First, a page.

Truly original, clever, funny, poignant and passionate.
-- Clare Balding
Wittily and charmingly combines adolescent excess with grown-up irony and perspective. Sport hasn t seen anything quite like this.
-- Simon Barnes
Emma's memoir somehow manages to be the story of my own youth. It is a touching and funny account of a cricketing era that though recent also feels very long gone.
-- Miles Jupp
A winner funny, warm, perceptive, and wonderfully evocative. Highly recommended.
-- Michael Simkins
Deftly comic, wonderfully true, for anyone who has ever thought that England, chasing 600 in the fourth innings, just might do it.
-- Gideon Haigh
A beautifully constructed and painfully honest memoir of blind loyalty to an unworthy sporting team.
-- Lynne Truss
Wonderful, funny, elegantly turned and strikingly perceptive. Above all it has a warmth you don't often find in cricket writing.
-- Marcus Berkmann
I have read a fair few cricket books but none like this ... Consistently witty and full of wonder.
-- Arthur Smith
A fresh and lively read
-- The Observer
It is in equal measure funny, insightful, perceptive, illuminating and best of all a jolly good cricket read
A witty and thoughtful recollection of growing up as a sports-mad girl in the Nineties
-- School Sport
A funny and touching memoir
-- - School Sport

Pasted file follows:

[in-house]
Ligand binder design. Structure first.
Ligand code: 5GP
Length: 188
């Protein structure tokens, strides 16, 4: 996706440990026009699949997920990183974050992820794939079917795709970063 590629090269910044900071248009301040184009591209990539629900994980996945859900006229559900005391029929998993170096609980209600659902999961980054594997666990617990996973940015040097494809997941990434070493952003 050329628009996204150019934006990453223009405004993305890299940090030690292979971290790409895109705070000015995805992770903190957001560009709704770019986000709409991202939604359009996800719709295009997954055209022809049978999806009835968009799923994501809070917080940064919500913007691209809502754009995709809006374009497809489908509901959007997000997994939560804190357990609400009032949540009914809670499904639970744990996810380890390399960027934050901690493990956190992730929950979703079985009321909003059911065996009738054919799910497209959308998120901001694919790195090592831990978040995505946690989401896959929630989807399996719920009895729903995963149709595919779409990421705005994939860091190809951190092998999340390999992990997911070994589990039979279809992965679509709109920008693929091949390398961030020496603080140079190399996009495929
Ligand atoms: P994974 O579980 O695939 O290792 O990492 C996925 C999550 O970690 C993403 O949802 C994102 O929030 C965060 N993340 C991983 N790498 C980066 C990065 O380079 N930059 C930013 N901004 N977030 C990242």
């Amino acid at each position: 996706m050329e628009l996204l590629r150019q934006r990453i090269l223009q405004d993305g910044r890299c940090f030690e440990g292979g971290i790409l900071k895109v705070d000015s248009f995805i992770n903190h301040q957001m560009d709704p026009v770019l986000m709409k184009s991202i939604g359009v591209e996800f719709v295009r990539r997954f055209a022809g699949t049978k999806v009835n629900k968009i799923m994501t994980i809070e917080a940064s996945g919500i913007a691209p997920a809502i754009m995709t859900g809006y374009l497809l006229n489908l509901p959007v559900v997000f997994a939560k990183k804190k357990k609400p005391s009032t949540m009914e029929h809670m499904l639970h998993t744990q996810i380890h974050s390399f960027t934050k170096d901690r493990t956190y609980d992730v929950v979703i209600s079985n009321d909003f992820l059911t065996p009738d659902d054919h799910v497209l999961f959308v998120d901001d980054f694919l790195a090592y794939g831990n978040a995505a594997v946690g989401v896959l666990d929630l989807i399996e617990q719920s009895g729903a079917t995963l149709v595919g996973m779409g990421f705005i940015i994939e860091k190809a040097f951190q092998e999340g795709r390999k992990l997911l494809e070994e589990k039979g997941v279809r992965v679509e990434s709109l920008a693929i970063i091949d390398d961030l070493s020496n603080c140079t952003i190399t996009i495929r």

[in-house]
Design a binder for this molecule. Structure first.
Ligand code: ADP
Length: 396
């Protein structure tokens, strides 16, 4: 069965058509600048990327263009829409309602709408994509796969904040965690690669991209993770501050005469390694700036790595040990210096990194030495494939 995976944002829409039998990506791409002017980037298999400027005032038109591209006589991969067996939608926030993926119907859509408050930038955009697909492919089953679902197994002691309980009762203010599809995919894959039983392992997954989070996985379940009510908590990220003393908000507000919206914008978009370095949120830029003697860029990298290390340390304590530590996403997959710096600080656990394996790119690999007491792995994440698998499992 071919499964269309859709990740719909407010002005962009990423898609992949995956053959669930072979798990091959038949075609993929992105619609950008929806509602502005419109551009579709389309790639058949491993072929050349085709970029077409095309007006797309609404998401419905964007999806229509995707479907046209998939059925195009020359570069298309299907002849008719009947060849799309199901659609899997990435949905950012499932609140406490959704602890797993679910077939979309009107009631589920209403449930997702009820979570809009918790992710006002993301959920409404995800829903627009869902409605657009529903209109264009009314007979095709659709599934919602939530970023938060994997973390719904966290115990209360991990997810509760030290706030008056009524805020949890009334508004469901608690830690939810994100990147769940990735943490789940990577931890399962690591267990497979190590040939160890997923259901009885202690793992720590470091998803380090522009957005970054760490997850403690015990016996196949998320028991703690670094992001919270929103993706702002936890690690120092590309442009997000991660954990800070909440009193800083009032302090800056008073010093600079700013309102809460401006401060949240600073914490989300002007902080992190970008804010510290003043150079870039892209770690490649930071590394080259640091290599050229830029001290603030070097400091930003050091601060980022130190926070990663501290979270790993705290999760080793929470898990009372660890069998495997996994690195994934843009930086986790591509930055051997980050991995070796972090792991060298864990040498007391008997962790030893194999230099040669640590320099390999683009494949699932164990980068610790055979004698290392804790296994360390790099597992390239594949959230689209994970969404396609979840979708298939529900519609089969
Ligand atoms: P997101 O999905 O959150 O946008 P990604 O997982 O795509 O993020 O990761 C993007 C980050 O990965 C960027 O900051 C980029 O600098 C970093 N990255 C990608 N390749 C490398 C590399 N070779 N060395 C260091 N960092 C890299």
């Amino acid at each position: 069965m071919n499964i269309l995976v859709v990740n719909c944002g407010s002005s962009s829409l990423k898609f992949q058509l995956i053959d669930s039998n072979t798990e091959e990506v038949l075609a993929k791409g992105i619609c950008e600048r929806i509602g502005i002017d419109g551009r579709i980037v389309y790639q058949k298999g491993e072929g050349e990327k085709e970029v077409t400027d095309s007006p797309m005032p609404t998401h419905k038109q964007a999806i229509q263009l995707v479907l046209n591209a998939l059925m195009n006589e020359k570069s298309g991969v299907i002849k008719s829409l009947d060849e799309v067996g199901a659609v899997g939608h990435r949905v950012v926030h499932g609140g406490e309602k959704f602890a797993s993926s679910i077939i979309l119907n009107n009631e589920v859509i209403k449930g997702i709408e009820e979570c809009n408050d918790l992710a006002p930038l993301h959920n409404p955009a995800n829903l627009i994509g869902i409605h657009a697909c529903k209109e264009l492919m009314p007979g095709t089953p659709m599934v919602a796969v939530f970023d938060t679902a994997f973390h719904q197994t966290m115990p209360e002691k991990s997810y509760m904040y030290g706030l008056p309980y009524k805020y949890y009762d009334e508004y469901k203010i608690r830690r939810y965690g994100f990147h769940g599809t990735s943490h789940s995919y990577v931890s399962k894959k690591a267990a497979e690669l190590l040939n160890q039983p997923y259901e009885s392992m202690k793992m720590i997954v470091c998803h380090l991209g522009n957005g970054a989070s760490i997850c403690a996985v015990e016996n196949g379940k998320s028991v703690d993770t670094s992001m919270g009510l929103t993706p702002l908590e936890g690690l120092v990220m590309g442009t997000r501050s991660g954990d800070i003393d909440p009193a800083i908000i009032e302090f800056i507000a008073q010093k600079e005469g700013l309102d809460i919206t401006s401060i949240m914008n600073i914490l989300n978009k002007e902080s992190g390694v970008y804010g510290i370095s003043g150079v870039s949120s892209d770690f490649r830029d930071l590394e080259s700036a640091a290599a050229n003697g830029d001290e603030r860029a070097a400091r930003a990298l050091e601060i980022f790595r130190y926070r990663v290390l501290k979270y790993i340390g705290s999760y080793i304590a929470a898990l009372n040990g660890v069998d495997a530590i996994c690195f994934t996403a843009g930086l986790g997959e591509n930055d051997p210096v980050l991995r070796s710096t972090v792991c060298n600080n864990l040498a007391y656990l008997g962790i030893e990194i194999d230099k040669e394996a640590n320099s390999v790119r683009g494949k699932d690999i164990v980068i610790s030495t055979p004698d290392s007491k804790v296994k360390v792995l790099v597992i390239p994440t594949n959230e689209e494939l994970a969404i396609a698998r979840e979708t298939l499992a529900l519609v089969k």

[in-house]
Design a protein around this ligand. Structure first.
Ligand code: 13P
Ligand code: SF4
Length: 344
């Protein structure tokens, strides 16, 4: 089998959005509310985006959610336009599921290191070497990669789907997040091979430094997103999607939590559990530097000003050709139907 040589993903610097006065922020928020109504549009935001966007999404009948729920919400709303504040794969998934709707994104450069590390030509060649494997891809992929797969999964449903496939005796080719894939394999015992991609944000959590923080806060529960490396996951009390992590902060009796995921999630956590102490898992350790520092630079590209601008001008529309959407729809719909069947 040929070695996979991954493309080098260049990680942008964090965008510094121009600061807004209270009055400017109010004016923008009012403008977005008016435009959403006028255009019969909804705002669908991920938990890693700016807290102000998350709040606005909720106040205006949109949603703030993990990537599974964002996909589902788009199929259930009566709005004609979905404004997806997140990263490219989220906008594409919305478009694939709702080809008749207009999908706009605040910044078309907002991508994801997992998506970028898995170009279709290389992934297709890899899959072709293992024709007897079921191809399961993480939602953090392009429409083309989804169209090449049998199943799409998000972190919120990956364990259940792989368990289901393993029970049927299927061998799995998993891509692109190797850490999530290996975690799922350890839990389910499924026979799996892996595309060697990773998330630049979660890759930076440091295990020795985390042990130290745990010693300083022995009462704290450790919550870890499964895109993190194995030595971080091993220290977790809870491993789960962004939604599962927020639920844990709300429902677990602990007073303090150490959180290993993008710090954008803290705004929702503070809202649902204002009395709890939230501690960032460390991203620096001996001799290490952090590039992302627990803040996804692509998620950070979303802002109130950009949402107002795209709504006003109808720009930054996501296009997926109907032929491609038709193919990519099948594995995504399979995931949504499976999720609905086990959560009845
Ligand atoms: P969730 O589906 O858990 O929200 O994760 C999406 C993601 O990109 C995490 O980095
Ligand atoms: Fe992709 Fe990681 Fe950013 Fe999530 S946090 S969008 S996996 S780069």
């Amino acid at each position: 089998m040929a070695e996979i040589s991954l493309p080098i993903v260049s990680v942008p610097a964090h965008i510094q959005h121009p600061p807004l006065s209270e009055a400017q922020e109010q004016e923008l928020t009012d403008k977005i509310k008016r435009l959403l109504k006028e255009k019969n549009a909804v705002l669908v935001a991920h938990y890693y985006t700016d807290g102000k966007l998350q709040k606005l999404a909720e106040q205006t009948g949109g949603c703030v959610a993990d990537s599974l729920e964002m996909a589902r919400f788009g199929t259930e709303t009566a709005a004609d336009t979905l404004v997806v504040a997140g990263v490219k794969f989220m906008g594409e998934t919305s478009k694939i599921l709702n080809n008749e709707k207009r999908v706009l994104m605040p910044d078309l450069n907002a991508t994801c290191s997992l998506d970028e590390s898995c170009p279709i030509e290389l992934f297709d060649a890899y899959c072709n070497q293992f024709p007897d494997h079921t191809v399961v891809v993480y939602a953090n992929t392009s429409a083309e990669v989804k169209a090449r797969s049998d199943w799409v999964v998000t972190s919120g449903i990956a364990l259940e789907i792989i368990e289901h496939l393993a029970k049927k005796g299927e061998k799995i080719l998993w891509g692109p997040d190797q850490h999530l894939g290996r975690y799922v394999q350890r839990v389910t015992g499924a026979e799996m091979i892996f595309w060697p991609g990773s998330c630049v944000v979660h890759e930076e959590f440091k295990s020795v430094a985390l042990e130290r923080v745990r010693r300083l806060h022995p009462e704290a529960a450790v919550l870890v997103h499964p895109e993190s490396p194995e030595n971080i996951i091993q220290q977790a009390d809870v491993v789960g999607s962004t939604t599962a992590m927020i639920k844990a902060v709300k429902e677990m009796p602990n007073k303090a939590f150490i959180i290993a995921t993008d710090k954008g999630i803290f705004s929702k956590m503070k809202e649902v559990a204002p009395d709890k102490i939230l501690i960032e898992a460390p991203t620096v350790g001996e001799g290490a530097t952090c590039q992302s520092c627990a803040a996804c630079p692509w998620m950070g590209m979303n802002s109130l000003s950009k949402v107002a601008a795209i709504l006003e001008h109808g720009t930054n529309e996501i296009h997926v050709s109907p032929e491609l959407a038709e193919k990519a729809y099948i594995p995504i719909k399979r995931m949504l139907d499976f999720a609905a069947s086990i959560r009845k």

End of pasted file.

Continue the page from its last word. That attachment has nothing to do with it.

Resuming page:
Following On is the wonderful story of John s rather unhealthy teenage obsession with England s finest set of losers ... It is a very funny depiction of why cricket touches you, however bad the team is that you follow
The Cricket Paper
A witty, wry memoir ... the comparisons to Nick Hornby s Fever Pitch are justified
A gloriously funny yet poignant memoir
-- The Guardian
A real treat of a book that will gladden the hearts of any cricket lover over 25, and broaden the horizons of anyone under.
-- All Out Cricket
John met and interviewed 11 players of the Nineties for her book ... She recounts their stories with wit, warmth and perceptiveness
-- New Statesman
Other albums of note out this week:
• Aminé’s brightly silly rap debut Good For You , which is an absolute delight and which would be Album Of The Week if his goofy-ass label didn’t have a self-defeating “no reviews until the day of release” policy.
• Arcade Fire’s we-have-ideas-about-capitalism disco move Everything Now .
• Passion Pit’s possible goodbye Tremendous Sea Of Love .
• Mr. Lif and Akrobatik’s indie-rap reunion Resolution .
• The Fall’s hardbitten post-punker New Facts Emerge .
• Pawns’ stark, intense goth-rocker The Gallows .
• Au Revoir Simone member Annie Hart’s solo debut Impossible Accomplice .
• Big Baby Gandhi’s sharp Queens-rap mixtape Gandhi Luther King Jr .
• Mappe Of’s delicate, synthy folker A Northern Star, A Perfect Stone .
• Couch Slut’s propulsive noise rocker Contempt .
• People Like You’s wistful emo rager Verse .
• Maneater’s chugging self-titled indie rocker.
• Alice Cooper’s shock-rock return Paranormal .
• Ben Gibbard’s full-length cover of Teenage Fanclub’s Bandwagonesque .
• Sylvan Esso’s “visual EP” Echo Mountain Sessions .
i also worked with ken griffin for about 4 years in 2 different bands (The Neighborhood, 1970/1971, and Space Coast Kids, 1975 to 1978)- everything that she says about her brother in her book is, sadly, true- he had an absolutely overpowering personality and presence, which i know largely enabled him to get away with so much... he was SUCH a talented singer; it's really sad that he was so messed up in so many ways- i greatly respected and admired his talent as an artist, but i never considered him to be a friend; i just never trusted him enough to consider him a true friend. it was very sad; what a waste of a talented human being.